The apostle Paul was writing to a company of believers in Corinth, and he wanted them to understand more fully something of the greatness of the gospel. And so he gives them here the essence of it.
Philippi was the first place in Europe where Paul and those with him brought the gospel (See Acts 16:12‑40). From Philippi they moved on to Thessalonica, and then to Athens and to Corinth. As a result, the apostle Paul wrote two letters to the Christians in Thessalonica. The first of those two letters is one of the first recorded in Scripture that he ever wrote. He also wrote later to the Corinthians. We have no letter that he wrote to the Philippians until he was in prison in Rome. But here it is. And we have what the apostle has to say, writing from prison. I do not know how we would get on if we were in prison for our faith – plenty of people are discovering the hard way how they get on in such circumstances at the present time, and, of course, we should not forget them. But, if you are imprisoned, you may have various thoughts; you may have thoughts about the injustice of your being there; you may wonder why God allowed you to be there. Or you might be like the apostle Paul who writes as a mature Christian to those who are not in prison, but whom he desires to encourage to persevere for the rest of the time that they are here.
This passage illustrates the wonder of the Gospel. I believe It is one the most wonderful demonstrations of the grace of God that you get in the whole of the Scriptures.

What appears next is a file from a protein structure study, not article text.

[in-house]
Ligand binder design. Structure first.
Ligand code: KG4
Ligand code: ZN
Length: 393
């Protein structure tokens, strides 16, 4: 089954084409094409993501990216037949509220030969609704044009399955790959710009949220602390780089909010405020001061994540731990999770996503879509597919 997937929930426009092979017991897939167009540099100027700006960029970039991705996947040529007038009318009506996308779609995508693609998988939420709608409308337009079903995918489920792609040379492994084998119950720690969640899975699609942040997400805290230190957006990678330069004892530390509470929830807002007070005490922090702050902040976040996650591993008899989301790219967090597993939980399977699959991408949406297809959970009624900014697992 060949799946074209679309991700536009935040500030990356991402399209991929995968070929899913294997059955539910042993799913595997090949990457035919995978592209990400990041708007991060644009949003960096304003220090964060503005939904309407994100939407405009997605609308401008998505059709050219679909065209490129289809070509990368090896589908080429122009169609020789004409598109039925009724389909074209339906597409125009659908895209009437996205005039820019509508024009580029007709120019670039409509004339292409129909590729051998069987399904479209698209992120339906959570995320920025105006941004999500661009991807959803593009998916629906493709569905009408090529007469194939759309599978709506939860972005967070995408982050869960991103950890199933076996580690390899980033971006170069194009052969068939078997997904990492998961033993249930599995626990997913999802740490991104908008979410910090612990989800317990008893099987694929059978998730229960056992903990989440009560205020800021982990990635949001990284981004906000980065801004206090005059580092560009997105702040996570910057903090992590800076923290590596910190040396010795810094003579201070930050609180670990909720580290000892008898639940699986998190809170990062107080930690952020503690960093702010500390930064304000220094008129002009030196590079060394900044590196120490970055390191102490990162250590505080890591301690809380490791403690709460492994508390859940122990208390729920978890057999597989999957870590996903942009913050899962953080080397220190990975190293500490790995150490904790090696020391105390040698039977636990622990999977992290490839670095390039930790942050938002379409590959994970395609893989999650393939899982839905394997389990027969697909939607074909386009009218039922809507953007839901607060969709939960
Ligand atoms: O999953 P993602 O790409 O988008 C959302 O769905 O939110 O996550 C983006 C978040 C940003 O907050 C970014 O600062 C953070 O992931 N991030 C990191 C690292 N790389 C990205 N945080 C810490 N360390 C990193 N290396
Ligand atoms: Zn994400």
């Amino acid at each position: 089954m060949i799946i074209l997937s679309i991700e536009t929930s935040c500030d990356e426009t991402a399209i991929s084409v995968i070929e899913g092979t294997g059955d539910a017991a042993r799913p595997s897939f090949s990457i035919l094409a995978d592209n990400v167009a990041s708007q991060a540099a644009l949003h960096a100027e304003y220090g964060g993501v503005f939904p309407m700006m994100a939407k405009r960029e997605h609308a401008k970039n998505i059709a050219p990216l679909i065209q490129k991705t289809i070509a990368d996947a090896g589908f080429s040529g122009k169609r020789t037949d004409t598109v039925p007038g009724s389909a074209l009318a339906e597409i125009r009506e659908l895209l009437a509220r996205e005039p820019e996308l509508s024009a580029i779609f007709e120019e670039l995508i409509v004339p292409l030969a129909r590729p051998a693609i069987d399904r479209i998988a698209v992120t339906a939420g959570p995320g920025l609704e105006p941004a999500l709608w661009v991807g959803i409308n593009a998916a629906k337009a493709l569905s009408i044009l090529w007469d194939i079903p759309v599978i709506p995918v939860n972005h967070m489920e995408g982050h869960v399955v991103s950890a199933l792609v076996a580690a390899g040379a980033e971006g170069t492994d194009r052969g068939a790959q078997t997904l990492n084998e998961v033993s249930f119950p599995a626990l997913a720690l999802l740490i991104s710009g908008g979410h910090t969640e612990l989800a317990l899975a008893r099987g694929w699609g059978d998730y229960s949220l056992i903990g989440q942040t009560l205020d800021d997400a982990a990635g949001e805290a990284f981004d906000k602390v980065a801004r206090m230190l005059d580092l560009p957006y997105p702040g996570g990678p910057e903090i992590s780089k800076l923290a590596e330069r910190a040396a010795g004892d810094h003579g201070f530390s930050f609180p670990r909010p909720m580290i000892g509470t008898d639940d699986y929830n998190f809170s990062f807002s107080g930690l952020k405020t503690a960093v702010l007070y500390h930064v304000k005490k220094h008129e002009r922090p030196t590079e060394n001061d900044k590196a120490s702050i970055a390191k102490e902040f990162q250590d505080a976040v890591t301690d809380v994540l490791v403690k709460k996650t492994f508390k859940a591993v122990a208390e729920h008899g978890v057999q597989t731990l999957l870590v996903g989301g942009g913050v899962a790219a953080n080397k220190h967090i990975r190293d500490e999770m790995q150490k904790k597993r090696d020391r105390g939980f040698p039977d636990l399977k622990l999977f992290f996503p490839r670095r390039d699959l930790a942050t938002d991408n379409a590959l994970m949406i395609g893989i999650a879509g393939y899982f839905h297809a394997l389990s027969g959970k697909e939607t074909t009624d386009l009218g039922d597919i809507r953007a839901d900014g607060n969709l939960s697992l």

The prophet Haggai says, “Consider your ways” (Hag 1:5). We need to stop and consider the path we are on, and where it will lead. Do you know for sure where your path will lead? If you do not know for sure, I can tell you: you will end in a Christ-less eternity. If you are not a believer in the Lord Jesus, if you are not saved, then the fact is that you are lost. Not that you will be lost, but you are lost.
But tonight, in the glad tidings, we can tell you of a Saviour for the lost. The Lord Jesus said, “[I have] come to seek and to save that which is lost” (Luke 19:10).
I have read of two men because we learn a lot of things by contrast. Both had the same opportunity, but one went away sad, and the other went away glad! Our desire is that everyone may go away glad from this meeting tonight.
The Lord Jesus told us about two men who went up to the temple to pray (Luke 18:9‑14). One was a Pharisee – a very self-righteous, religious person. His prayer was full of himself, and how good he was compared to the other man – a tax-gatherer – who smote upon his breast and prayed saying, “O God, have compassion on me, the sinner.” Jesus said that the tax-gatherer “went down to his house justified.”